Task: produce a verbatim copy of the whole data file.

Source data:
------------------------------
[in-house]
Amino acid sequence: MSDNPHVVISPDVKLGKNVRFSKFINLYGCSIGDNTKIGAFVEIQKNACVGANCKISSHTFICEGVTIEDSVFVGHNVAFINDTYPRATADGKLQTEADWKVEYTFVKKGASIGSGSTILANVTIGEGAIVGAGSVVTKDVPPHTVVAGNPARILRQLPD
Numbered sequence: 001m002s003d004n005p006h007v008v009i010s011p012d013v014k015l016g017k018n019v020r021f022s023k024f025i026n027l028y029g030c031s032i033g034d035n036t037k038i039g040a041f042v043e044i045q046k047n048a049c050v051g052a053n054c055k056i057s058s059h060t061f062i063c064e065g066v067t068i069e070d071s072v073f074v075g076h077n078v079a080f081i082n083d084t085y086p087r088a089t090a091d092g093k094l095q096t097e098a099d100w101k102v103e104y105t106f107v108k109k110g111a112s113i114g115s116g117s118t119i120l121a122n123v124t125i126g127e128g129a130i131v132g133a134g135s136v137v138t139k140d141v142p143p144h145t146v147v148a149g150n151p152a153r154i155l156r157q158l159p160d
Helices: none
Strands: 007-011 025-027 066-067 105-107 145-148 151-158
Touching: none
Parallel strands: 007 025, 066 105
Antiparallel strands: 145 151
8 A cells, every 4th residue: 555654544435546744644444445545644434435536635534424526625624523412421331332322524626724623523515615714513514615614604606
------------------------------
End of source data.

[in-house]
Amino acid sequence: MSDNPHVVISPDVKLGKNVRFSKFINLYGCSIGDNTKIGAFVEIQKNACVGANCKISSHTFICEGVTIEDSVFVGHNVAFINDTYPRATADGKLQTEADWKVEYTFVKKGASIGSGSTILANVTIGEGAIVGAGSVVTKDVPPHTVVAGNPARILRQLPD
Numbered sequence: 001m002s003d004n005p006h007v008v009i010s011p012d013v014k015l016g017k018n019v020r021f022s023k024f025i026n027l028y029g030c031s032i033g034d035n036t037k038i039g040a041f042v043e044i045q046k047n048a049c050v051g052a053n054c055k056i057s058s059h060t061f062i063c064e065g066v067t068i069e070d071s072v073f074v075g076h077n078v079a080f081i082n083d084t085y086p087r088a089t090a091d092g093k094l095q096t097e098a099d100w101k102v103e104y105t106f107v108k109k110g111a112s113i114g115s116g117s118t119i120l121a122n123v124t125i126g127e128g129a130i131v132g133a134g135s136v137v138t139k140d141v142p143p144h145t146v147v148a149g150n151p152a153r154i155l156r157q158l159p160d
Helices: none
Strands: 007-011 025-027 066-067 105-107 145-148 151-158
Touching: none
Parallel strands: 007 025, 066 105
Antiparallel strands: 145 151
8 A cells, every 4th residue: 555654544435546744644444445545644434435536635534424526625624523412421331332322524626724623523515615714513514615614604606